Tuesday, August 02, 2011

Augustine at 18: The Love of Wisdom

This is the first of three posts on Augustine and pagan philosophy, using his Confessions.

Aged eighteen, Augustine was top of his class, learning rhetoric so that he could function as an advocate in the law. He believed that even at this time, long before his conversion, God was chastening him for his evil. As top dog he noted that he was ‘pleased with myself and was inflated with deceit’, but quieter than the others in the class, who were addicted to acts of vandalism, and known as the Wreckers. To be a Wrecker you have to be wrecked, Augustine drily observed. So what of Augustine himself? ‘I wanted to distinguish myself as an orator for a damnable and conceited purpose, namely delight in human vanity’. (38)

The curriculum led him to Cicero’s book Hortensius, an advocacy and defence of the worthwhileness of philosophy.

Cicero was a Stoic, perhaps best known today for his work The Nature of the Gods, an imagined conversation between men with different religious points of view. The book provides a good window into the religion and theology of the ancient world. In later life Augustine came to have an ambivalent attitude to Cicero, and to Stoicism more generally. Among other books Cicero wrote is On Divination, in which rather than believe that the future could be foretold by divination he preferred to think that any foreknowledge was impossible. This is certainly a strange view to hold in anyone who is a Stoic, and Augustine wonders out loud how much of a Stoic he actually was. He exploded: ‘to acknowledge a God, and yet to deny that [he has foreknowledge of things to come], is monstrous madness”, which he observing, went about to provide even that which ‘the fool hath said in his heart; there is no God’. (City of God, V.IX) The entire discussion is worth reading.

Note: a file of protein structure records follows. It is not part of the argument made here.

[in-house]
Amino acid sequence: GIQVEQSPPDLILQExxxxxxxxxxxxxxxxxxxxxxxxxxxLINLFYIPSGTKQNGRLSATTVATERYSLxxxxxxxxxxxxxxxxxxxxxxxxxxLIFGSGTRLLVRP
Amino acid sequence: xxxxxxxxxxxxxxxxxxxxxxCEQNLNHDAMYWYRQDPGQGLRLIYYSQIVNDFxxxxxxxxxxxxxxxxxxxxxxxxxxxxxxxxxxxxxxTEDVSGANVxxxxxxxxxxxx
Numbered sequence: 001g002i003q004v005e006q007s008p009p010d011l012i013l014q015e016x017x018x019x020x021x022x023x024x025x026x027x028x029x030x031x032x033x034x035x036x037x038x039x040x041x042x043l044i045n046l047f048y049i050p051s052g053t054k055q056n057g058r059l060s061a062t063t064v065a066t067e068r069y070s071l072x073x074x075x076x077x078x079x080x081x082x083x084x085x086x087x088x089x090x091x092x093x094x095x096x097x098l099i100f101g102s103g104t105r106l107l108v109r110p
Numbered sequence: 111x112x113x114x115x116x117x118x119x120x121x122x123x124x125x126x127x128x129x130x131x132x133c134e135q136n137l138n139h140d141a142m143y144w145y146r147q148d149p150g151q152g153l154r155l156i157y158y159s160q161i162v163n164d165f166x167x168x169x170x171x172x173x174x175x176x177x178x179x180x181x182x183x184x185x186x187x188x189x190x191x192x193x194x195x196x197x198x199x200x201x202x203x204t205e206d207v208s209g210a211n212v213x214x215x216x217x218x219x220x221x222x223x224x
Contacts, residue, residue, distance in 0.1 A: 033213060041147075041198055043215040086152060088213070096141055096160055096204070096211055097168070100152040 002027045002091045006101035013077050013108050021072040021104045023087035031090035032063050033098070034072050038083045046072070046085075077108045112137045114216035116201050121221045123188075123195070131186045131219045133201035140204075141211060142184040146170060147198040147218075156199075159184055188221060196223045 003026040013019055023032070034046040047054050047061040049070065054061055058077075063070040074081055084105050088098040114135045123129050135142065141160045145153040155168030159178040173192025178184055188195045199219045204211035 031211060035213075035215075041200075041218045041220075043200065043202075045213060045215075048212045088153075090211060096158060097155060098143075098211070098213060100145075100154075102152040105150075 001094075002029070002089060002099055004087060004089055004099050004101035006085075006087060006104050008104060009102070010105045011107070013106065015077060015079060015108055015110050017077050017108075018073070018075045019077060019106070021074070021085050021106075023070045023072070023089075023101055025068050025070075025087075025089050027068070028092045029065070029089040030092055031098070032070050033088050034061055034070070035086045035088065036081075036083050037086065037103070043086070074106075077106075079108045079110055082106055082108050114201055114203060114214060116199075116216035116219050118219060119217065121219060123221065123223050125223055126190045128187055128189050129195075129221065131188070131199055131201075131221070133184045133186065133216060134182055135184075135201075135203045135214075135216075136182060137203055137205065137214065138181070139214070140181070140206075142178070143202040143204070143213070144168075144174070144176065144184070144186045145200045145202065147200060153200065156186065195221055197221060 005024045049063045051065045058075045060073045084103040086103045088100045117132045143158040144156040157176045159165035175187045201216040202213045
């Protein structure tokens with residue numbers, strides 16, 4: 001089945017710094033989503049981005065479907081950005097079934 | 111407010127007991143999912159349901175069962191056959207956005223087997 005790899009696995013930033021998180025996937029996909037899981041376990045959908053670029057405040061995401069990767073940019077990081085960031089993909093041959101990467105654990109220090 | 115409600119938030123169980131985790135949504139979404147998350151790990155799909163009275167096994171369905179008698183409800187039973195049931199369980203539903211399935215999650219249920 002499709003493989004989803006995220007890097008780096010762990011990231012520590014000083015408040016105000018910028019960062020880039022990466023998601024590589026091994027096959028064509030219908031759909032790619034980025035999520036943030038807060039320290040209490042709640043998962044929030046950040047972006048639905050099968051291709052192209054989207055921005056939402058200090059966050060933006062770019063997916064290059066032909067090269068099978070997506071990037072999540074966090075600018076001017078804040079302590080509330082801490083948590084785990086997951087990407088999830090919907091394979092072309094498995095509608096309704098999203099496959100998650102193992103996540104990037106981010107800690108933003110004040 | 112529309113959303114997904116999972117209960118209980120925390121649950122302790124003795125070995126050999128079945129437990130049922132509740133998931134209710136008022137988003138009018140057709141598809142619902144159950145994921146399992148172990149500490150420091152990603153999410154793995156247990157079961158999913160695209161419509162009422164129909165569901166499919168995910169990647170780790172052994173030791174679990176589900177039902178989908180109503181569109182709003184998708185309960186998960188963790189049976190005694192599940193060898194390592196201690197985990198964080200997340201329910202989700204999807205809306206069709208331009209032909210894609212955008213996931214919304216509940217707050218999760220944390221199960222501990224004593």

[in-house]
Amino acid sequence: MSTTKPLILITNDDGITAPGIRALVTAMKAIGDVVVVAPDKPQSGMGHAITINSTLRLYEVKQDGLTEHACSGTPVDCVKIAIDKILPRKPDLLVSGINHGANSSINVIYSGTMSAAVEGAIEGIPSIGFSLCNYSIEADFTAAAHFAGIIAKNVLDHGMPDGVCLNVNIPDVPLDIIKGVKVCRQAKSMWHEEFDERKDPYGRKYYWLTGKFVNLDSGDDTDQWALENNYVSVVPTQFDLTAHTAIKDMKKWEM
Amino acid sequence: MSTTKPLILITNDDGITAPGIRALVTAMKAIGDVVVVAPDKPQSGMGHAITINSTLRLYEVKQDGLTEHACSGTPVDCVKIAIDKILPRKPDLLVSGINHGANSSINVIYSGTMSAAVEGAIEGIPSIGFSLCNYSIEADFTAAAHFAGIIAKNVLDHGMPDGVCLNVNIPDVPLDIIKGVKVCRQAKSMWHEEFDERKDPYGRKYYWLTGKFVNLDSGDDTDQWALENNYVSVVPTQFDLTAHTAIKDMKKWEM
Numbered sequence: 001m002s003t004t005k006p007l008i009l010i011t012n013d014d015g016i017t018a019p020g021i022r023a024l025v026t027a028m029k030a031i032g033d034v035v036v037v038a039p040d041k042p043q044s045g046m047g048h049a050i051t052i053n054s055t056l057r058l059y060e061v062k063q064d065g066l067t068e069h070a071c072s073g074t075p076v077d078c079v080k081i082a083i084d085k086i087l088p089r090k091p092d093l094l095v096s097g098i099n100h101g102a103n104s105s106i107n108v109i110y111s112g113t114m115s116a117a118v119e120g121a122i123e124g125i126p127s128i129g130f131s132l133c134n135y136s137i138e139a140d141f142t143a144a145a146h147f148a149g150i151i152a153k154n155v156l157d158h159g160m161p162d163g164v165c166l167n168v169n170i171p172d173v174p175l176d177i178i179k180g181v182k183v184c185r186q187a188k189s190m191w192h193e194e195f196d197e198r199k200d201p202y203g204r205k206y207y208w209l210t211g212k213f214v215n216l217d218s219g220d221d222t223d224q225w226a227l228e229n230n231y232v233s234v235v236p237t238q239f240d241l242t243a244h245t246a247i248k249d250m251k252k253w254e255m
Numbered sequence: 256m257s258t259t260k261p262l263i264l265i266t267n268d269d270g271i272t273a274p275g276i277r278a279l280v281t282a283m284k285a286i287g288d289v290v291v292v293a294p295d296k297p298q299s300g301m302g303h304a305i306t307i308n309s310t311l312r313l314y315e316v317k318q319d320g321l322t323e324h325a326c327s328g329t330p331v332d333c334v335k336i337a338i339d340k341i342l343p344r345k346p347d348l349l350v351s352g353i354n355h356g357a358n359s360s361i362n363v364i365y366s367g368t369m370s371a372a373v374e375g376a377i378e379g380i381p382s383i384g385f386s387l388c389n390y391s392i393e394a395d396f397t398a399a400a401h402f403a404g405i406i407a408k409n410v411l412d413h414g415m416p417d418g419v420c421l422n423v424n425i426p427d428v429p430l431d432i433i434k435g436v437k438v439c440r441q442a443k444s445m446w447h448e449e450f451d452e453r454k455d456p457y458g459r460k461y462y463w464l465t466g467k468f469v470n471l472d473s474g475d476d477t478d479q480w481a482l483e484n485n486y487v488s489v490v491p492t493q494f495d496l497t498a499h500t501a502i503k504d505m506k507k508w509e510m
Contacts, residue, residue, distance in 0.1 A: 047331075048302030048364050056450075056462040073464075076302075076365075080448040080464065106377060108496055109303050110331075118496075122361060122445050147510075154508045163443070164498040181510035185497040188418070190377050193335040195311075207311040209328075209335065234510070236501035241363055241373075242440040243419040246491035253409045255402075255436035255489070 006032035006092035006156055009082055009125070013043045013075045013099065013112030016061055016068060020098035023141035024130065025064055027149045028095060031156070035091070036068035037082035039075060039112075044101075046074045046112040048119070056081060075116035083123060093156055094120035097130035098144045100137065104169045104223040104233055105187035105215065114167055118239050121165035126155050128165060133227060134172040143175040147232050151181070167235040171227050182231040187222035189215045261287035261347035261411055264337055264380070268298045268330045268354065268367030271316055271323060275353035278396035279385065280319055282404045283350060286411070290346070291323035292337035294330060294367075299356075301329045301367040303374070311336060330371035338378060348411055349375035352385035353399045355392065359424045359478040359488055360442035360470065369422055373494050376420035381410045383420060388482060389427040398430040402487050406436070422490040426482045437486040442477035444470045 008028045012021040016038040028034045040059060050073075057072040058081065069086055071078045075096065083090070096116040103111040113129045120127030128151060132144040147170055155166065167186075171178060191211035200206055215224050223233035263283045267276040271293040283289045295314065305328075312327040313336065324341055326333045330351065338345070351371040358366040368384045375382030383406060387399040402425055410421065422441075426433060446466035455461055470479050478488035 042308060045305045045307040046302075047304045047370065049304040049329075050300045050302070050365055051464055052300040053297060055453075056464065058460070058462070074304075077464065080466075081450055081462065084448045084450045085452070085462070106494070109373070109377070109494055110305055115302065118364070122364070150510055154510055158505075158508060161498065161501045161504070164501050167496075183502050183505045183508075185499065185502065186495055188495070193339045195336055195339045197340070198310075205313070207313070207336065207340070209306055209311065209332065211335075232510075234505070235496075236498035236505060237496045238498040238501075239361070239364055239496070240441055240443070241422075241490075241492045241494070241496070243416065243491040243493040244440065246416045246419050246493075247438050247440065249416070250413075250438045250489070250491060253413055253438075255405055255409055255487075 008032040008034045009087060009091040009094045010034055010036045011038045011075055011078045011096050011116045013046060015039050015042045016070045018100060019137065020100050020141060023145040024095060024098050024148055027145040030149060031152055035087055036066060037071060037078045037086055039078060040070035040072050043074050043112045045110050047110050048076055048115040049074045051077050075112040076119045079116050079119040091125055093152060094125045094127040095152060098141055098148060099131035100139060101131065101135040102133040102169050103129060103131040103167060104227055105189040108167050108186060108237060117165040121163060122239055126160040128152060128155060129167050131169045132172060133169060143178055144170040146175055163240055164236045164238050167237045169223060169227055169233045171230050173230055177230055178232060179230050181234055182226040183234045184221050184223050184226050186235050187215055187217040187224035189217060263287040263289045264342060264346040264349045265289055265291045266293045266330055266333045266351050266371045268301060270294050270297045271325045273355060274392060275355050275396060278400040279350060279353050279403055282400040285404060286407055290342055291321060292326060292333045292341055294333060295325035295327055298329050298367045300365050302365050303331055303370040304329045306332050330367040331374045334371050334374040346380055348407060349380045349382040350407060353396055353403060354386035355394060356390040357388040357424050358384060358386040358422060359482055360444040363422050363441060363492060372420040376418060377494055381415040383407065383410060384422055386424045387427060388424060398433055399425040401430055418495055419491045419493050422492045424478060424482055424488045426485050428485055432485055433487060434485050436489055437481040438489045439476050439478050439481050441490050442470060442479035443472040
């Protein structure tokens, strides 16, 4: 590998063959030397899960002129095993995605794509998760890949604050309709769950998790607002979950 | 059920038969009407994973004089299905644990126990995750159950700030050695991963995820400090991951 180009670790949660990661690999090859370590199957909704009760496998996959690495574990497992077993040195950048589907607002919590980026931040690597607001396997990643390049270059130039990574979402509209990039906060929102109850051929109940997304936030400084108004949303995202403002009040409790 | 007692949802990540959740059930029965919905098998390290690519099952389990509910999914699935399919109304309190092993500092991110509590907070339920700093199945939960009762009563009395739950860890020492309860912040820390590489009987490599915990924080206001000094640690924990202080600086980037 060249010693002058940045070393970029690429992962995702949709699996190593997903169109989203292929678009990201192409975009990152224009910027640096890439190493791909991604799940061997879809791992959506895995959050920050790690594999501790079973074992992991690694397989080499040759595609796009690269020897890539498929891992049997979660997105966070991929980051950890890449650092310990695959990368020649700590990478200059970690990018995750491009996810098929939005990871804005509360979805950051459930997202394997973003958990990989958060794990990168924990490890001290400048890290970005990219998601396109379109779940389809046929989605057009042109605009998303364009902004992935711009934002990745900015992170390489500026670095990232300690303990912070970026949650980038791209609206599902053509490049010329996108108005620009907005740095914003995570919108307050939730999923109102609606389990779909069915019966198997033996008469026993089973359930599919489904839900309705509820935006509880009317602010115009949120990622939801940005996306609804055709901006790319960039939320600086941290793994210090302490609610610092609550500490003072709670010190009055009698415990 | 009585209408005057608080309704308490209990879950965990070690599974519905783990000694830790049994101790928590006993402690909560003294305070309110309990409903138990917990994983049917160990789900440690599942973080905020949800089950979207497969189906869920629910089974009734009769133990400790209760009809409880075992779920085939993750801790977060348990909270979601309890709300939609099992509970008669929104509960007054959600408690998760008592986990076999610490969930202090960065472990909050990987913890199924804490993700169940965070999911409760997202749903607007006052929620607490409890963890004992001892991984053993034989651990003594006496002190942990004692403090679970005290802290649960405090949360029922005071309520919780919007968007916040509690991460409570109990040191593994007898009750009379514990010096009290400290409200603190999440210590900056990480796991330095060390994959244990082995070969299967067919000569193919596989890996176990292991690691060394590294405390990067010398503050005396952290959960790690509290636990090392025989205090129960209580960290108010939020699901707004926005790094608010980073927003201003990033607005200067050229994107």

One of the great benefactions of Augustine to Christian posterity was the provision of a sort of league table of philosophers. Top of the table was Plato and the Platonists (who we shall meet later on), and following them the Stoics. As we can see, any denial of God’s foreknowledge from them, or from those who are sympathetic to them, called forth his condemnation. Their teaching on fate, as well. He did not sympathise with their view of emotion and its expression, citing the emotions of Jesus as refutation. But he placed value on their view of nature and the natural, or natural law, which became the foundation of the natural law tradition in the church. So the Stoics were a mixed bag, but they were better than the Sceptics and Epicureans, who were altogether condemned. (One of the first works Augustine wrote after his conversion was a refutation of Scepticism.) What of Aristotle? We shall offer a limited answer to that question later on. But the general problem was that Aristotle was not translated from the Greek, except for a few works, such as The Categories, until the 12th century. We shall meet The Categories in the next post. What this league table shows is a kind of philosophical eclecticsm which has often been the attitude of Christian theologians to philosophy – to pick and choose. There is no revealed Christian philosophy, so why not?

Cicero’s Hortensius is a book that is now lost to us, and all that we know of its contents we only know through Augustine’s citations from it, and summaries of it. It is fair to say that this book, read in the course of his studies, had a transforming effect upon him.